Aliens and spaceships spotted in the Arctic!
An arresting tabloidesque headline perhaps, but one that is rooted in fact. The aliens are non-native species and the spaceships they travel on are the ships and airplanes that traverse the world, bringing scientists, tourists and trade to the Arctic ocean. These aliens can gain passage in many ways; often by hitching a ride on the ships’ hulls (biofouling), hiding in the cargo, or on the boots and clothing of unwary human hosts.
When they arrive, the alien species may find the Arctic inhospitable, with the year-round low temperatures and strong seasonality enough to prevent many of them surviving long in this harsh ecosystem. But some will. Ships that visit the Arctic travel the whole world, with some regularly visiting both polar regions each year (typically via the Atlantic Ocean). Their hulls are generally only cleaned every 1-3 years and transport diverse biological communities wherever they go, even though measures to reduce biofouling are frequently used. Thus cold weather specialists may be found amongst the visiting aliens.
Ships can spread non-native species to Antarctica from almost anywhere in the world, including the Arctic. Ships that visit Antarctica are especially active around the Antarctic Peninsula and Atlantic Oceans.
Illustration: Alice Pullen.
Whether or not these species can establish populations in the Arctic or, indeed, if they will have negative effects on the native life is currently unknown. What we do know is that marine biosecurity measures, though logistically complex, are being adopted around the world and may provide some hope for reducing the introduction of alien species to the Arctic via ships.
Terrestrial aliens, like plants and insects, still often travel by ship. Biosecurity measures to prevent the spread of terrestrial species include careful inspections of cargo in ships’ holds and thoroughly washing and vacuuming all clothing and equipment that visitors bring (including vacuuming inside pockets!). However, some of these measures have only been implemented relatively recently.
Polar Alien Hunters
A small group of Polar Alien Hunters have combined forces to mobilise a defence against this threat. Arlie McCarthy (a marine ecologist at the University of Cambridge), Dr Jesamine Bartlett (a polar biologist at the Norwegian Institute for Nature) and Christy Hehir (a researcher in tourism and conservation at the University of Surrey) have teamed up to spread the word about the potential risks of alien species to the polar regions (with an initial focus on Antarctica), forming a public engagement and biosecurity campaign using comics.
Our vision for Polar Alien Hunters is to ensure that all visitors to the polar regions engage with and use the latest, best-practice biosecurity measures and, most importantly, understand why we need to keep Antarctica free of alien species. We share the stories of those alien species who have reached the polar regions and detect the few simple steps each visitor can take at home before leaving to slow down alien invasions.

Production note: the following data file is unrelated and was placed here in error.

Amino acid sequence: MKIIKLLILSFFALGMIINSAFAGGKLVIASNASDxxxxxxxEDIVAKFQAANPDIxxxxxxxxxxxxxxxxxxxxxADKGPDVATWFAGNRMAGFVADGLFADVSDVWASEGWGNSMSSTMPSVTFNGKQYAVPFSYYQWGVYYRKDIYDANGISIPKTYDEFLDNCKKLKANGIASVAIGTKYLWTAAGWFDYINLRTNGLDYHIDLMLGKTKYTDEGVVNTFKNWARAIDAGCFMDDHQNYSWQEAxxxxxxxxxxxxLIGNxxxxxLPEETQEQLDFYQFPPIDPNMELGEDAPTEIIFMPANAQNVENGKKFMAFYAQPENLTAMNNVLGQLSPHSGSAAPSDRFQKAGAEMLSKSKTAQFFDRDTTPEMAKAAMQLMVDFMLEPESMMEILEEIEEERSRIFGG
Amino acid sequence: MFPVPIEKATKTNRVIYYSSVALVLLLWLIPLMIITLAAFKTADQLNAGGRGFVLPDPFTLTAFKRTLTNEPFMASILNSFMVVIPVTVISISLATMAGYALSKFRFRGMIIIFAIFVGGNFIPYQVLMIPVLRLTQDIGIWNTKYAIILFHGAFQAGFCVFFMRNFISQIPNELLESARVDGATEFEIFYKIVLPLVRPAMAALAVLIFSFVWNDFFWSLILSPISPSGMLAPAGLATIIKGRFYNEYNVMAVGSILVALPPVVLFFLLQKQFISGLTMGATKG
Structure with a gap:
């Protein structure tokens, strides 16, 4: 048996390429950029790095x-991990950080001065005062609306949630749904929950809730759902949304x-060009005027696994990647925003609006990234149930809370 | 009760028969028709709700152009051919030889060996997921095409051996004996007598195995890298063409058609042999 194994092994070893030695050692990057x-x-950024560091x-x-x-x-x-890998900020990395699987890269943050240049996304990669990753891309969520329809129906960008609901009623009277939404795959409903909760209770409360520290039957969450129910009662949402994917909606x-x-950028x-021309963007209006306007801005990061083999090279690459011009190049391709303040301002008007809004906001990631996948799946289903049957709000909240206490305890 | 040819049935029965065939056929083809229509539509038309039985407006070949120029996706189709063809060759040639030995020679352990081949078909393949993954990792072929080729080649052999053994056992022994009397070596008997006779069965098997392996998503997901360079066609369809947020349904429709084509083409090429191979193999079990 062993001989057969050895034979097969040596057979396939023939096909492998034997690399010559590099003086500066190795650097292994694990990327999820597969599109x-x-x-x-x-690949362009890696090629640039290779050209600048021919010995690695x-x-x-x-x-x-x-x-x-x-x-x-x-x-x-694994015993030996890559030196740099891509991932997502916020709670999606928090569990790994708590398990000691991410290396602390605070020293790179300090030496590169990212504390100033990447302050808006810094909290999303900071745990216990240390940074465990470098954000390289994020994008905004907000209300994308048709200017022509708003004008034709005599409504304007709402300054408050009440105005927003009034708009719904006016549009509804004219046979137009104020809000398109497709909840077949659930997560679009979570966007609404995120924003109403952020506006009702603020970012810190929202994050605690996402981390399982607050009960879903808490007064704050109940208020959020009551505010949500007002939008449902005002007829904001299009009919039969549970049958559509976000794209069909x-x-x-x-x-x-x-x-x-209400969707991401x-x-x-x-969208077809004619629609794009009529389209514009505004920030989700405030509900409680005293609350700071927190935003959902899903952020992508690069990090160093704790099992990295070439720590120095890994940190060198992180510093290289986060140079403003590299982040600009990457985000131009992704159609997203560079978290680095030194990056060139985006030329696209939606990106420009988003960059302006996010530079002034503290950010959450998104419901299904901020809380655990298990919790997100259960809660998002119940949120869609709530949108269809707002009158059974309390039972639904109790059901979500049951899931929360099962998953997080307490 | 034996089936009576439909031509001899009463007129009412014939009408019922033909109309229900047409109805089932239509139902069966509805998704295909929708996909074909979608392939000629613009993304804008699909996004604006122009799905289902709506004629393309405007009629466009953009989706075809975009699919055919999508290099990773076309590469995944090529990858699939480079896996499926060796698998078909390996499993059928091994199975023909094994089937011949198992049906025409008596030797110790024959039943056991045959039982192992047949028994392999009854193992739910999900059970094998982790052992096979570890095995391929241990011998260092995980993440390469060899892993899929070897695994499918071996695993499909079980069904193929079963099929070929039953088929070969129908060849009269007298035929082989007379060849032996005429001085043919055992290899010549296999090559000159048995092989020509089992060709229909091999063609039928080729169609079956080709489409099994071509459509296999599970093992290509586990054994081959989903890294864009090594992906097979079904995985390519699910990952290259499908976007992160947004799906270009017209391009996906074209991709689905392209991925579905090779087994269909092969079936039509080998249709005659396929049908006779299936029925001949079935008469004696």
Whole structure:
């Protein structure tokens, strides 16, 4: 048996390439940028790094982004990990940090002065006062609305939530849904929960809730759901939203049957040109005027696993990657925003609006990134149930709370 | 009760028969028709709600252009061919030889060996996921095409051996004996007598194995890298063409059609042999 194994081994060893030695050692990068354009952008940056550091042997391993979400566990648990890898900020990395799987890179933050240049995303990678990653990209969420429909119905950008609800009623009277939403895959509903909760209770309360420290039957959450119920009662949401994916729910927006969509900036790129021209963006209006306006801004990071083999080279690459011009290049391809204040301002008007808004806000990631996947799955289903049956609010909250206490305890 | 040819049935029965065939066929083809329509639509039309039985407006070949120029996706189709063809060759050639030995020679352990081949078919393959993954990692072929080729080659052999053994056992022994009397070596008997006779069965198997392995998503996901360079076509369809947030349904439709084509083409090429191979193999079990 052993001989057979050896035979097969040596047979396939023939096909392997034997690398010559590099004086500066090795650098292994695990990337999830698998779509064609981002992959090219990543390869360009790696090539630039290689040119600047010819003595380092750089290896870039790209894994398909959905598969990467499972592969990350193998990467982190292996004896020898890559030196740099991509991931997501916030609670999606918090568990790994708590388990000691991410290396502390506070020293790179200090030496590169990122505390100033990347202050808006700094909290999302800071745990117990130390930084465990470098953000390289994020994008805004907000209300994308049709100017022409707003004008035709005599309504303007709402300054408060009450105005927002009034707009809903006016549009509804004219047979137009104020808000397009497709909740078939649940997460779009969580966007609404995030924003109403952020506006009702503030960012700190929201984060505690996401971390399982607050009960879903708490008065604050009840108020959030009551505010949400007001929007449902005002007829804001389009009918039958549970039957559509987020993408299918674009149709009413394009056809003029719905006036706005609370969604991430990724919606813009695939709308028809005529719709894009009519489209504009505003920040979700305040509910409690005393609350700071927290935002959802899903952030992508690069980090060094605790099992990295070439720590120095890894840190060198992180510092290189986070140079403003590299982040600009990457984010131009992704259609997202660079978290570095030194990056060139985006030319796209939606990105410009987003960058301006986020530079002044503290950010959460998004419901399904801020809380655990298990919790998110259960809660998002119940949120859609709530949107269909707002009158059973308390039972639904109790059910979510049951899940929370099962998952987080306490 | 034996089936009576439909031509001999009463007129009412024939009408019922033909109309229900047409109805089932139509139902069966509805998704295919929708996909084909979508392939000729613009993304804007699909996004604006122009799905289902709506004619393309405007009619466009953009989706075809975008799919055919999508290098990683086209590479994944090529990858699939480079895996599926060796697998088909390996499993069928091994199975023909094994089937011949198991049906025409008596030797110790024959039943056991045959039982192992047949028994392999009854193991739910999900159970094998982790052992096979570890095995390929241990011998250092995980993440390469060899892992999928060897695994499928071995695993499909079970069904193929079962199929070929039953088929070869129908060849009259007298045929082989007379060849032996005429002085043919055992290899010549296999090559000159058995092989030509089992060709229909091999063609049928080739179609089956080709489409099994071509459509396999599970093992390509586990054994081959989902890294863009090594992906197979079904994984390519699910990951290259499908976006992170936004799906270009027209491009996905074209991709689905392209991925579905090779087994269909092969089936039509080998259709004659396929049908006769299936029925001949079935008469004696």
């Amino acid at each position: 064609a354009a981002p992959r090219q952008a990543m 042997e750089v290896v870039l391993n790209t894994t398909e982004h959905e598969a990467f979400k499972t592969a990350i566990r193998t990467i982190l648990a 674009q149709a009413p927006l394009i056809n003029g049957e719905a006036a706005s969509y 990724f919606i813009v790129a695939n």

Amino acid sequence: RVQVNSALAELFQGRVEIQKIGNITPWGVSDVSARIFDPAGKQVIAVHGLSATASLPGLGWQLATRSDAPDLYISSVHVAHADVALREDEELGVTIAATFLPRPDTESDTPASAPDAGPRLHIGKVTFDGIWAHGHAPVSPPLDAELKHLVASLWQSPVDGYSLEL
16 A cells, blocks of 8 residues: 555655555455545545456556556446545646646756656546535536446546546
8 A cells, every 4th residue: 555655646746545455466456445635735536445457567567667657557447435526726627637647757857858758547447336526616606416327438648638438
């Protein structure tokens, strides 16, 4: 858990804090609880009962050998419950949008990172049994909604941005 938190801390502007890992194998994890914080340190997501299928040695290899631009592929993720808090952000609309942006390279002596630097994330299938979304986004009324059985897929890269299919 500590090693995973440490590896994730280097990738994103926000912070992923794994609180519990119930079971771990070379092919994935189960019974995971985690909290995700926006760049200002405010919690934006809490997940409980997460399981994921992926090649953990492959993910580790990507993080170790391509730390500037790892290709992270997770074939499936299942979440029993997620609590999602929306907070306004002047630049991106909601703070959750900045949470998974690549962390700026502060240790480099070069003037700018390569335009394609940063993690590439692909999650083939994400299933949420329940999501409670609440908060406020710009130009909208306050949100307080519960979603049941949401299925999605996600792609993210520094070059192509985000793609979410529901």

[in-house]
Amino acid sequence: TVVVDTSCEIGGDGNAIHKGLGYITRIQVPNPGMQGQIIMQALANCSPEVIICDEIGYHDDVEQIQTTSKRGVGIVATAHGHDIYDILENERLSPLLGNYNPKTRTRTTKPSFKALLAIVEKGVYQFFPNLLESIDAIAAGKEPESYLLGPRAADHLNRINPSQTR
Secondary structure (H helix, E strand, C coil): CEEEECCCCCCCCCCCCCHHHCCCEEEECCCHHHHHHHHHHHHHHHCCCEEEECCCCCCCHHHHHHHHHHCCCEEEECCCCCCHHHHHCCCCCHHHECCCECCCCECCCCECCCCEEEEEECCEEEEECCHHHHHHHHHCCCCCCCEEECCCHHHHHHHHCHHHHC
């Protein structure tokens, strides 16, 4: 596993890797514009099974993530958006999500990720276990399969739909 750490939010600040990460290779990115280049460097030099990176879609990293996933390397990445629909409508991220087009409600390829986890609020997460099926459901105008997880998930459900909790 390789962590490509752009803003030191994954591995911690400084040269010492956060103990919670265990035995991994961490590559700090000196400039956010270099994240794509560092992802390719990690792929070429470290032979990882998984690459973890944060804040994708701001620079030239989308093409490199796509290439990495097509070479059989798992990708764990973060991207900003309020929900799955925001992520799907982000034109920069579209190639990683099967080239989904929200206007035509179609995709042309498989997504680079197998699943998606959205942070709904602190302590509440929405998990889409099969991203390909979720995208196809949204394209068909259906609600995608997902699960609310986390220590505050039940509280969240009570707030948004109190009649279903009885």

Introducing the Polar Alien Hunters. Illustration: Alice Pullen.
Each of the alien hunters has their specialist role to play.
Arlie hunts for alien species that live on the hulls of ships that visit Antarctica and the Arctic. She has scraped hulls and pipes, freeing ships of their barnacles and sludge to find out what species are already being transported to the polar regions and where in the world they come from.
Jes is a terrestrial hunter, and looks for aliens at both ends of the earth, on the islands of the Antarctic, and Svalbard in the Arctic. Her organisation NINA (Norwegian Institute for Nature Research) also leads the ‘Stop Arctic Aliens’ programme, which educates visitors to the Arctic on the risk of “sneaky beasties”!
Christy is a different breed of Polar Alien Hunter from Arlie and Jes. Christy is a social scientist, an environmental psychology expert whose research examines the role tourism plays in (re)connecting people to nature and investigates why some travel experiences are more likely than others to trigger new and lasting pro-environmental behaviours (like donating) once people return home.
Whilst the fear of irreversible impacts may be a trigger for people to visit the Arctic in the first place, fear and guilt tend not to prompt pro-environmental behaviours (like carbon off-setting). So what benefit, if any, does increasingly popular polar travel have for polar conservation? Christy’s research suggests that engaging tourists in citizen science, self-discovery (walking safaris) or the chance to absorb nature through existing past times (photography, music or art) helps people develop a deeper connection to and love of the Arctic environment. This emotional connection may transpire into actions to help protect it, including hunting for those sneaky beasties that find their way into our luggage as stowaways. In other words, visitors become “more than just tourists”, they become polar ambassadors.
Kayakers off Brown Bluff. Courtesy of Christy Hehir.
The good news is that we can all do our bit to help protect the fragile Arctic environment. Anyone can become a Polar Alien Hunter; whether you are a tourist, scientist, logistician, crew or support staff visiting the Arctic. So next time you find yourself in a spaceship heading North, follow the biosecurity protocols and keep an eye out for any unusual sightings; you too will become a Polar Alien Hunter.